Both teams play crucial matches in the Pro12
When the Pro12 season began last September, neither Pat Lam or Anthony Foley could have imagined the paths their side's seasons would take.
Ahead of the penultimate round in the regular season, Connacht are only separated from the top of the Pro12 table by an inferior points difference to Leinster. Munster are staring down the barrel of at least a season in the Challenge Cup.
It was all supposed to be so different though. Under Foley, it was hoped Munster would return to the pinnacle of European and domestic rugby. Without a trophy since 2011, last season's Pro12 runners-up will end the season outside the playoffs in potentially their worst league position in over a decade.
On the other hand, Lam has led his side away from the slaughter and into the Champions Cup. The Galway-based side have scored more tries than any other Irish team in the Pro12 this year and may end the season as the league's top try-scorers. Long gone are the days of Connacht's forwards winning a tight game. Their backs are now a match for any team in the northern hemisphere.
On Friday night, Lam brings a relatively weakened side to Italy to face the basement-side Treviso. Ten changes are made to the team, but five points are still expected. Connacht may even go into the final weekend at the top of the table, if Leinster slip up in Belfast against Ulster.
From Connacht's pressure of playing to ensure a home playoff, Munster are at home against Edinburgh playing to ensure the team does not become Ireland's dreaded "fourth province". A loss to Edinburgh, may well set those wheels in motion, despite their fabled history.
Munster defeated Edinburgh 16-14 earlier this season in Murrayfield. Mandatory Credit ©INPHO/Russell Cheyne
For Anthony Foley, the equation is very simple. Munster must finish the season in sixth place. If not, a trip to Romania or Siberia could be on next Autumn's itinerary. As Connacht's trip to Krasnoyarsk proved last November, it would be a culture shock for the former European champions.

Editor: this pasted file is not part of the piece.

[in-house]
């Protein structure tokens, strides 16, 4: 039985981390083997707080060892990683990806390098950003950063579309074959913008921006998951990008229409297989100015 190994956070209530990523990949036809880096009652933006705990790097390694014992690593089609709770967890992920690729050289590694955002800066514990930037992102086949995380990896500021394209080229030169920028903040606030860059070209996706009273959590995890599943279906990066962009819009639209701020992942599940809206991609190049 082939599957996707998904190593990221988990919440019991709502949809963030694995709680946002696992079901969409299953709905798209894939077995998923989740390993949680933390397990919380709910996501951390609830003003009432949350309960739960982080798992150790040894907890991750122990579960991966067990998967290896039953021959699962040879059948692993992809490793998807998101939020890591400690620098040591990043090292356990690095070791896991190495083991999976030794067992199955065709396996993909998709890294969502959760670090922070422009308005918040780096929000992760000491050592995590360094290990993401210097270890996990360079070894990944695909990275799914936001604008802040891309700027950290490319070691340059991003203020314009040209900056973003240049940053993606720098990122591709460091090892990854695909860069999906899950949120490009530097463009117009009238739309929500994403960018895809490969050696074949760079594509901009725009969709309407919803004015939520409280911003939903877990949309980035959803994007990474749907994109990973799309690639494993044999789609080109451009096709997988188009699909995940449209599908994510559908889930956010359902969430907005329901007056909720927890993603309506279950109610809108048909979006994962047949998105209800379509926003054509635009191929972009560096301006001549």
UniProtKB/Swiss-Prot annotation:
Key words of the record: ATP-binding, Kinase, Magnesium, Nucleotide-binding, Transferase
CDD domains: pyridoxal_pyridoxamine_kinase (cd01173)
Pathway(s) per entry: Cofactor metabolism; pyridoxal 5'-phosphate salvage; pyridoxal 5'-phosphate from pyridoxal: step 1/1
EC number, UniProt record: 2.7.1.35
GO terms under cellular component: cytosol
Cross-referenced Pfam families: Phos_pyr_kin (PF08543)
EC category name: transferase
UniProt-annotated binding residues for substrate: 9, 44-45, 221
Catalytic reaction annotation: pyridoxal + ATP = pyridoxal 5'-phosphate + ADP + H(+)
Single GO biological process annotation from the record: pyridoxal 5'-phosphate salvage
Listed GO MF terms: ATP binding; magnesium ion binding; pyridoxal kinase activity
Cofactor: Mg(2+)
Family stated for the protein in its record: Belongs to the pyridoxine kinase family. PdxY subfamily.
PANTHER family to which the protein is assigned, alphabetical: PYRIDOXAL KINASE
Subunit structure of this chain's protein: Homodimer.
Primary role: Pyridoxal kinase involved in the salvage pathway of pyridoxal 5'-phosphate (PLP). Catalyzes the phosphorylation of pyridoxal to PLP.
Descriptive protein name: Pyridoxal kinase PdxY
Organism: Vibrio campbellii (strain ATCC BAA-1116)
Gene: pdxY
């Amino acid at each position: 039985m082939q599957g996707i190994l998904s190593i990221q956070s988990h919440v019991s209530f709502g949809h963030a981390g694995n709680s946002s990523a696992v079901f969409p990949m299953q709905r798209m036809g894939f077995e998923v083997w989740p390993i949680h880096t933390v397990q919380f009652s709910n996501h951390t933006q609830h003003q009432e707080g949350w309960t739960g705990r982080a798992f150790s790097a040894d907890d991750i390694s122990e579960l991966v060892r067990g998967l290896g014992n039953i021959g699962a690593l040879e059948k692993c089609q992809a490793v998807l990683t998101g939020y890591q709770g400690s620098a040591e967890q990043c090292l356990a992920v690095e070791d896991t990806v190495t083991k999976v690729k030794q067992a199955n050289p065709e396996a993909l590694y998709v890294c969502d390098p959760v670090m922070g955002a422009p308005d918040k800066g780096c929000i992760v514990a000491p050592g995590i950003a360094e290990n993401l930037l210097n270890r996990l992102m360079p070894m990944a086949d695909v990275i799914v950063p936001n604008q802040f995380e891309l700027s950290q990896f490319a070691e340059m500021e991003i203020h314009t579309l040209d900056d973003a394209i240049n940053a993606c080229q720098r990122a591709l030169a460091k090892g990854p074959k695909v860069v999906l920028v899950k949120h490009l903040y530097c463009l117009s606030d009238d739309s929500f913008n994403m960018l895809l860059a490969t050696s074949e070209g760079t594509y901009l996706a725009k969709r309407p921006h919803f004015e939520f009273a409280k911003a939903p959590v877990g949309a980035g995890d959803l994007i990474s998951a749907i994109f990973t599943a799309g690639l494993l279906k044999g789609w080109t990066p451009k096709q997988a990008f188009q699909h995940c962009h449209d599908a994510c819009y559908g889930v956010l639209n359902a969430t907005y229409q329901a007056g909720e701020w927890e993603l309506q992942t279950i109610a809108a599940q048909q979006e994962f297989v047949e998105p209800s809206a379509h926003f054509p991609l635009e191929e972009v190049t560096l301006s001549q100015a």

The game in Cork comes in the shadow of Rassie Erasmus being confirmed at Munster's Director of Rugby next season. Anthony Foley clearly has the best of intentions when it comes to the team, but this season has so far been a massive disappointment. How will the team react to a coach that has clearly been undermined?
Edinburgh will come to Cork without the pressure the home team will be under. Impressive in attack against Leinster earlier this month, the Scottish side know a positive result will all but book their place in next season's Champions Cup.
Such is Munster's predicament this season, their final two games come against teams who are ahead of them in the table, yet neither Edinburgh or Scarlets are in the playoff positions. That's just one of the many examples showing how far Munster have fallen this year.
If Connacht succumb to a shock loss in Italy, they should still almost certainly make the playoffs and could even host their game in Galway. Lam's men have earned themselves the opportunity to do just that and with a game to come against Glasgow next week, all eyes will be on The Sportsground for what could be a historic occasion.
Treviso and Cork lie over 2,000 kilometres apart but on Friday evening, results in both cities could lead Connacht and Munster in opposite directions.